DovetailHunting, Rimfire, Small RiflesSimple, lightweight, Many positions (front and back)Not very strong
Cross-Slot/UniversalHunting, PlinkingInexpensive, CommonNot very strong, Limited mounting positions
IntegralHunting, Lightweight riflesLightweight, SimpleLimited mounting positions
"Standard"Hunting-Limited mounting positions, Old system
Quick ReleaseHunting rifles with iron sightsCan be removed quickly to use iron sights as backup.Limited mounting positions, not the most stable

Whichever you choose, don’t forget to make sure that the interface for the rings and base match!

The Final Pieces to your Scope Mount

So, there you have it. There are many things to consider when choosing the rings and base for mounting your scope. Get something wrong, and you’ll either not be able to attach your scope, constantly be inaccurate, or be uncomfortable. Therefore, if you do need to find the right scope rings or base, be sure to use the Scope Ring Finder and ensure you’ve got the right set, for the best cost.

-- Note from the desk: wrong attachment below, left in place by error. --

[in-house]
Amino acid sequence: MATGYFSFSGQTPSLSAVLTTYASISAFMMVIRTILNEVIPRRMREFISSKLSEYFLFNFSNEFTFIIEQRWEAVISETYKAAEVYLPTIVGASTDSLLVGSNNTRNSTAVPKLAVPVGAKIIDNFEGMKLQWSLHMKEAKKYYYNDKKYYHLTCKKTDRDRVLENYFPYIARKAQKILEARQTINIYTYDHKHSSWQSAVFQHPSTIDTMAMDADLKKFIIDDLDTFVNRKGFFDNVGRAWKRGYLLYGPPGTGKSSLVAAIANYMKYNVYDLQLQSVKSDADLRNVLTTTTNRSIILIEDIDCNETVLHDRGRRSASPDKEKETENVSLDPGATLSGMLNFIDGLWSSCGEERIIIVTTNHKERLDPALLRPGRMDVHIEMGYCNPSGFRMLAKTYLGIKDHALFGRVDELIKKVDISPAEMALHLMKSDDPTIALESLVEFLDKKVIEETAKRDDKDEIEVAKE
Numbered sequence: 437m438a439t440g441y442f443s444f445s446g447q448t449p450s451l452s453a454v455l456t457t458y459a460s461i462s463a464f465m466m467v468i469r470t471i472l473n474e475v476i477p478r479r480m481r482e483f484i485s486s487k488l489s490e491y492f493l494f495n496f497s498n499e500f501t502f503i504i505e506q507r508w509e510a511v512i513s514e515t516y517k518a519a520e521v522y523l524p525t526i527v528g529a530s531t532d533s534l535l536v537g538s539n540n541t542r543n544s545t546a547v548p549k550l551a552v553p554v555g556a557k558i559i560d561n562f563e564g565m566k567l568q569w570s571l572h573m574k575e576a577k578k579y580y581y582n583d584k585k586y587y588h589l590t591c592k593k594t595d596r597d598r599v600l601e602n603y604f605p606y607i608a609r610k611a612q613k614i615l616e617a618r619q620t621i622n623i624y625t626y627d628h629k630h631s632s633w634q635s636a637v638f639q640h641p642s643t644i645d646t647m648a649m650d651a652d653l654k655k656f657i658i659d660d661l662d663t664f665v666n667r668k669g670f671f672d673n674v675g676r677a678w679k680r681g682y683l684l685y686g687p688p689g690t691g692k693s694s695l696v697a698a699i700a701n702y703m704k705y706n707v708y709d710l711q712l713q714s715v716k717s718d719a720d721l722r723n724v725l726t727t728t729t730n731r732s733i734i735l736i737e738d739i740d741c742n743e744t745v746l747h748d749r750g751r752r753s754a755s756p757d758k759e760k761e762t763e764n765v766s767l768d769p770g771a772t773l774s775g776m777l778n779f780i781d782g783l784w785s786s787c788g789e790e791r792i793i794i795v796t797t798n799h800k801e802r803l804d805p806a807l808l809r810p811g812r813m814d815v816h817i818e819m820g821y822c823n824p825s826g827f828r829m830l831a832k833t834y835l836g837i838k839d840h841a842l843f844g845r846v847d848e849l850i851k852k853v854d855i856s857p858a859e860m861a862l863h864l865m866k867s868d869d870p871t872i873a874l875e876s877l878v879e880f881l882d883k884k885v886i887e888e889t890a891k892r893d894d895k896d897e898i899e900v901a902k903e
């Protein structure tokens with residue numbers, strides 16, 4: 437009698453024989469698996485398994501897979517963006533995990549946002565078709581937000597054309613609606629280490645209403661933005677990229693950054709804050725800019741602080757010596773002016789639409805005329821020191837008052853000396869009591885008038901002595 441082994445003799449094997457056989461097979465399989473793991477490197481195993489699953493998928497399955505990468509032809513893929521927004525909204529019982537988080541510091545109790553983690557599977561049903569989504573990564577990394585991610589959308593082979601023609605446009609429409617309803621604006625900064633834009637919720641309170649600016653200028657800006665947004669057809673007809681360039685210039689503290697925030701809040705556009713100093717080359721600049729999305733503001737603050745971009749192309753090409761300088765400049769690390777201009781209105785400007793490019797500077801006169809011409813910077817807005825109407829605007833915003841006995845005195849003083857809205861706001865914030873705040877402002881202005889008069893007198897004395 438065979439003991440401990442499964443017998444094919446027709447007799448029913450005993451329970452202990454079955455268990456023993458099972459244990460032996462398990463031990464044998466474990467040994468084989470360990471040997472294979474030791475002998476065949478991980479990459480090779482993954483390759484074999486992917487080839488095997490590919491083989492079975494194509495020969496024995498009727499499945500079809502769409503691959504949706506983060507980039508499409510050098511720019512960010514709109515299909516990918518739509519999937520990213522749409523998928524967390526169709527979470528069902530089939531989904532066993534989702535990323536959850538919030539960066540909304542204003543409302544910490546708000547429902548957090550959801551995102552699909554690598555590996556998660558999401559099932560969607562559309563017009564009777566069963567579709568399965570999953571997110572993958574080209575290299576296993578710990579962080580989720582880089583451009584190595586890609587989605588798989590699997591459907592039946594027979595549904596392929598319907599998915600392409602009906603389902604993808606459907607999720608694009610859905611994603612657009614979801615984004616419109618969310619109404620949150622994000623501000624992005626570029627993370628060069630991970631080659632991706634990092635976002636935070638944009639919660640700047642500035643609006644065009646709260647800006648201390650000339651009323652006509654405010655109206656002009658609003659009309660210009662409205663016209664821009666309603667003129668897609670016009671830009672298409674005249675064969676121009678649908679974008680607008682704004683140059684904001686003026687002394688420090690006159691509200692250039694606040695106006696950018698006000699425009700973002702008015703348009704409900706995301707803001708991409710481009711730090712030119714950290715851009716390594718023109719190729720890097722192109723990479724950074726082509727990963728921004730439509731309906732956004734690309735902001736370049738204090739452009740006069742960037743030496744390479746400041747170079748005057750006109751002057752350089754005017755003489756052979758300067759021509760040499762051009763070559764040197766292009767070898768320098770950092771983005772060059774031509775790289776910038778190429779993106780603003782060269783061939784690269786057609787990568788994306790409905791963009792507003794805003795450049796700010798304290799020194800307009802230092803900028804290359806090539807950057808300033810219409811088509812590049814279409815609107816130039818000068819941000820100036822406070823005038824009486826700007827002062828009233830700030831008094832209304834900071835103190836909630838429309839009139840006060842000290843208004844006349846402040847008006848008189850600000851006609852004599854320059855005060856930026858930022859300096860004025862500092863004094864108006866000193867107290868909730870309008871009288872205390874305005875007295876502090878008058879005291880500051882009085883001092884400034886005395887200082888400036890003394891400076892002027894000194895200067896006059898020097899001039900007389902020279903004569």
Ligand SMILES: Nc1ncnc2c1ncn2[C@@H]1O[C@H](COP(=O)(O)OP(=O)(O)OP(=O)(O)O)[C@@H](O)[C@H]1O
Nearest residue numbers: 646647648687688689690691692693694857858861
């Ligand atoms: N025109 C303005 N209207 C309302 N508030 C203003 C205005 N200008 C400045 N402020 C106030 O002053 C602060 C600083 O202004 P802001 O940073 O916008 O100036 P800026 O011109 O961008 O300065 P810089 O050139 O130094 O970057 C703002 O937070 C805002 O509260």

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About Roy Chesson

Roy Chesson is prior Navy with a specialty in international arms dealing for the US government across multiple countries. Having traveled the world and abided by ATF and ITAR, Roy has a unique background in legal as well as practical capabilities of weapons deployment and use.